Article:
Essentially there’s a two-phase issue here. Definitely, at the bottom of the pandemic shock – I think the price of oil was USD 25 in May 2020 – prices were extremely low. Then a recovery took place in the first half of 2021, which could simply be seen just as a demand recovery. Then there was a new phase in the second half of the year, and by the autumn the price of oil was around USD 80. But what’s happened is that now it’s USD 120. So we’ve had this extra phase. There was already a lot of debate about how we handle USD 80. Pre-pandemic – between 2014 and 2019 – the price of oil was fluctuating, but basically between USD 40 and USD 70 a barrel. So you’ve had different levels of intensity. There was already a pretty big debate in the autumn about the implications of USD 80 a barrel. Adding 50% more to reach USD 120 was pretty significant. Another element which was new was gas. Gas, as you know, has an unusual pricing structure. You had a really large increase, so that remains a significant issue. If there was some entity out there that was calling that this was going to be an outcome with a high probability, we missed it, but by and large it is something the world collectively missed. We can always reflect on whether we can do better.

Just to clarify, when you were talking, for example, about USD 80 in November, that was 2021.

Yes. Our analysis would be that in the first half of the year, rising oil prices could simply be seen as the recovery of the world economy. In the second half of 2021 what seems to be happening is that supply was not keeping up. There seems to be supply issues with oil, you know OPEC+ and now with Russia. But then there are supply issues with gas as well. So essentially there are a range of factors at work. When it became a supply side issue in the autumn, there was concern around that. The normal relationship between economic activity and energy prices was thrown off by the fact that basically interruptions to supply were becoming more important.

One thing I wanted to ask was your views, or where you see the debate, on the fiscal side: reform of the Stability and Growth Pact rules – are they fit for purpose anymore? What’s your view on that?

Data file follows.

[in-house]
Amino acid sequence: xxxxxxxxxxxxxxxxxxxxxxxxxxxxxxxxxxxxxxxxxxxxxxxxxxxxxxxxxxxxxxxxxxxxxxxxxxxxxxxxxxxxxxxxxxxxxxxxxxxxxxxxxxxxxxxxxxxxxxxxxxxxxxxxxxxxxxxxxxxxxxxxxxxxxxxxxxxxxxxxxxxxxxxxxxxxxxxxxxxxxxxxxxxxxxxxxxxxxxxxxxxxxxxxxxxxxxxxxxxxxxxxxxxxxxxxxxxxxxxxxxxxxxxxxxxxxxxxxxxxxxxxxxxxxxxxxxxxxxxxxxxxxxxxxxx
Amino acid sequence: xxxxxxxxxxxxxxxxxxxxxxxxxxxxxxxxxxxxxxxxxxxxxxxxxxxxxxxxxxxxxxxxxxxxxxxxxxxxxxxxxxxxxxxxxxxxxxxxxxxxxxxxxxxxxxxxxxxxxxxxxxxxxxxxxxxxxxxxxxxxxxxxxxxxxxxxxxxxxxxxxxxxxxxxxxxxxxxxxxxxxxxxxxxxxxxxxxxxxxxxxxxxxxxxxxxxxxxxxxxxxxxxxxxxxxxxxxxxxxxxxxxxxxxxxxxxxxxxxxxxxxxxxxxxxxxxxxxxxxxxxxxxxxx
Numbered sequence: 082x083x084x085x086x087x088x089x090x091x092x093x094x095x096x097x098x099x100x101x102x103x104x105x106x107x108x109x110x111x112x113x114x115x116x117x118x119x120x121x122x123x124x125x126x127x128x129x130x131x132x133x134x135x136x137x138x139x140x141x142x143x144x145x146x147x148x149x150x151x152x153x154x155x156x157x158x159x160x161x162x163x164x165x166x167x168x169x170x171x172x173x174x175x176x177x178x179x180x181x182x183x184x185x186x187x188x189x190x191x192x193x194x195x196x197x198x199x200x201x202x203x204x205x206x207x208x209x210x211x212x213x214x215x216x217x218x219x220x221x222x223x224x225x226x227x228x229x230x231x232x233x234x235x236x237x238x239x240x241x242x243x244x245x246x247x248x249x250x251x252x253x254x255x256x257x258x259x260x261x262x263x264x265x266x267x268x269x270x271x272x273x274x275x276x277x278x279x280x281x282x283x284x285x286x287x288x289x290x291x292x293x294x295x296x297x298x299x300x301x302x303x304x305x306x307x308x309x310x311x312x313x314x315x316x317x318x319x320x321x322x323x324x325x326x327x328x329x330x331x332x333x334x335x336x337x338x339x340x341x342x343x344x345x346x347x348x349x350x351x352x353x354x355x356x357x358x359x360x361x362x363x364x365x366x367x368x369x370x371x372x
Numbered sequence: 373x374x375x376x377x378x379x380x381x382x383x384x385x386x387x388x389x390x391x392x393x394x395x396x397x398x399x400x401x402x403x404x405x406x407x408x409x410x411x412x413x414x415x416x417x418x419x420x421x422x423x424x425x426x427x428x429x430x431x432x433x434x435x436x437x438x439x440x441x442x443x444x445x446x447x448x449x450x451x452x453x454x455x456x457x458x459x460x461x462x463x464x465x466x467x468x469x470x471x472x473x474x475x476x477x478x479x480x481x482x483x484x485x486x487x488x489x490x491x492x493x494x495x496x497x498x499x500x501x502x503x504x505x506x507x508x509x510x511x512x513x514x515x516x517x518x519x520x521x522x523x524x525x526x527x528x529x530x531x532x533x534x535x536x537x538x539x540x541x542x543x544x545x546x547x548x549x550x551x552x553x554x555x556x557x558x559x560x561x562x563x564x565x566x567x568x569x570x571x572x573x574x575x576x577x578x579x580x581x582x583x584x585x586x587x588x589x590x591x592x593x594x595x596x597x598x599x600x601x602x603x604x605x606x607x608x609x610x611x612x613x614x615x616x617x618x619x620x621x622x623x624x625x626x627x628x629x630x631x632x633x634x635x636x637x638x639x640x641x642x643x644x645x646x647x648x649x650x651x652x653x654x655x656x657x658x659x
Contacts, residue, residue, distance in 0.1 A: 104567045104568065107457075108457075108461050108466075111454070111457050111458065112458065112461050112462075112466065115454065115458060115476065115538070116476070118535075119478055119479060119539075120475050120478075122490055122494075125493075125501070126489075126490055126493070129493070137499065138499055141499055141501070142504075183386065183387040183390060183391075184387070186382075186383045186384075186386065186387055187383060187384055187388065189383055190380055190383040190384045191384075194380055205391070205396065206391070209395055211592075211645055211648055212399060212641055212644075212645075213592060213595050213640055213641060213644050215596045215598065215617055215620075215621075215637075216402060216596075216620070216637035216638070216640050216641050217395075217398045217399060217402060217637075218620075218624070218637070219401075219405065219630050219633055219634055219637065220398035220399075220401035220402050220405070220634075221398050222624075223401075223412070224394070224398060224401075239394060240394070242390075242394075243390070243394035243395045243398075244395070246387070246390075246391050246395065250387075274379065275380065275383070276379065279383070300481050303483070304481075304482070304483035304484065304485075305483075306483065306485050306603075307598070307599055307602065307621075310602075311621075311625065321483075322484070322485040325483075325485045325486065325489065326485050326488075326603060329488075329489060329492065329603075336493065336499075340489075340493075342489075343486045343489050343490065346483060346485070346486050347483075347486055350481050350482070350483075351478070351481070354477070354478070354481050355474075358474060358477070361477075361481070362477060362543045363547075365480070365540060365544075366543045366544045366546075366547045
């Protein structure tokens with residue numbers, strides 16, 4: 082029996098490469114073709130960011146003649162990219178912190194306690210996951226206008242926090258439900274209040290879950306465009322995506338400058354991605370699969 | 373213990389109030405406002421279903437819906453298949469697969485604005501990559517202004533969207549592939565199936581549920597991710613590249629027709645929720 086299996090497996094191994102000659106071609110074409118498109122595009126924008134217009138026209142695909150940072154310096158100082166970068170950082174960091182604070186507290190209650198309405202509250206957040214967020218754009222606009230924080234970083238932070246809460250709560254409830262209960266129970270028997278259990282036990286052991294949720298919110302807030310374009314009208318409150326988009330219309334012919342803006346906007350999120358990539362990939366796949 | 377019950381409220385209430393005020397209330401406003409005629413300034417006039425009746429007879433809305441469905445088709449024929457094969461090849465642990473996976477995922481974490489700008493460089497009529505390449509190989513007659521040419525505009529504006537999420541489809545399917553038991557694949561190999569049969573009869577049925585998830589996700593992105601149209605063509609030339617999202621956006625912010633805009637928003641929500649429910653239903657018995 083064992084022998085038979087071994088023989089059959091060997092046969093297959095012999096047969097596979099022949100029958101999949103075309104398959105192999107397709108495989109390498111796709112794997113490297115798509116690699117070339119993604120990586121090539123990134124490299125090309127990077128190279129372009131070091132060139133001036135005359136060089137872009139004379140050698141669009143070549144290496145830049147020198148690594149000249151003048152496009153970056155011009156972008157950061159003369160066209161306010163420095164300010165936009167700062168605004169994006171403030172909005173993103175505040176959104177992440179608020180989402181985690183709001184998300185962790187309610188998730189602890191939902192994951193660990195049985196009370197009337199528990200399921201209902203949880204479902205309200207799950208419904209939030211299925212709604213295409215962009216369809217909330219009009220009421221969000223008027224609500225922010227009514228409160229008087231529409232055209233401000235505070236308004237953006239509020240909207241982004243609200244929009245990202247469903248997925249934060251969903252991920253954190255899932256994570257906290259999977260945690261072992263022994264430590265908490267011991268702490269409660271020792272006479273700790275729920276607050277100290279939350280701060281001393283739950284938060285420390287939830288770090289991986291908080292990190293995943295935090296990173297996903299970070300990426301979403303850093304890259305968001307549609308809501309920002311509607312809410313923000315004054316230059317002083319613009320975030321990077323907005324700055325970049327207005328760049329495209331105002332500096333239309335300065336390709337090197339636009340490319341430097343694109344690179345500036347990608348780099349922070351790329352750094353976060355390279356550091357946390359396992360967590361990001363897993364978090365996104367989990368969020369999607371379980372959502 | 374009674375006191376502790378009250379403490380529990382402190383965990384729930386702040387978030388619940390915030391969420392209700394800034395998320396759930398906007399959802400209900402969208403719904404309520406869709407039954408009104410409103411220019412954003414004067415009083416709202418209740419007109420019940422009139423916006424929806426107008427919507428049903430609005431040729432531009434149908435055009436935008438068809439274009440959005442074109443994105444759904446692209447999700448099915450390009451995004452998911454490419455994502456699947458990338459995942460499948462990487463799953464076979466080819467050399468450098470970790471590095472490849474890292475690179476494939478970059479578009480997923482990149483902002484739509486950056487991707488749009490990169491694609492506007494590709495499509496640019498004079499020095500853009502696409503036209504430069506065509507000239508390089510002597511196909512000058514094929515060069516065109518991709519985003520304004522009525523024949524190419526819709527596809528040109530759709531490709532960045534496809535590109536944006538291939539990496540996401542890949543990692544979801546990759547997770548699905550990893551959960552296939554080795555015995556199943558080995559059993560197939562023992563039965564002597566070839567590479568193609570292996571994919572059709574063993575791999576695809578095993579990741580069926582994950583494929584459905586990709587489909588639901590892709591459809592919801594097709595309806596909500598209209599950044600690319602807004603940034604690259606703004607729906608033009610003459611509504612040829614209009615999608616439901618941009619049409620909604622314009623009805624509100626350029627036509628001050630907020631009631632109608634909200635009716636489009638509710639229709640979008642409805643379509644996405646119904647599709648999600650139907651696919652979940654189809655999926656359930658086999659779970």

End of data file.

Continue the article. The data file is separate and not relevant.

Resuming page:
Personally, back at the end of November/early December I spoke at a European Commission seminar. But what I said is more or less similar to the ECB statement on this. There is an identified reform proposal which focuses on having an expenditure rule as the most important component. Essentially, what that means is that governments should line up their fiscal plans with their medium-term economic prospects. The expenditure rule has that feature.

Second, we would also agree that you still need a debt anchor. Those countries with high debt do need to see these debt ratios come down. But I would argue that essentially interest rates should be a lot lower than the historical norm when the Maastricht Treaty was written. The coefficient there – there is currently the one-twentieth rule – in my intervention back in December I suggested a 0.3 per cent coefficient. It’s still a significant coefficient but a lot milder than 0.5.

The third element I would emphasise is that the pandemic has shown the value of common European funding, whether that’s SURE or Next Generation EU. I do think that we face very significant common challenges. Climate, in particular, but you can also think about other dimensions of that. In response to common shocks, having common forms of finance, either of the SURE dimension or Next Generation EU, should be part of the broader fiscal recipe for Europe.

The Stability and Growth Pact is about national fiscal policies, but it’s really a two-dimensional debate – how to run safe national policies. And the point I’m making here is that all of these shocks – the pandemic, the war – underline the value of fiscal buffers, of having some spare capacity. And this is why keeping an eye on debt ratios is important, but then also the balance between national and European level issuance is important.

Do you think that the war in Ukraine and the energy issues that has thrown up has strengthened the case for these kinds of common forms of finance?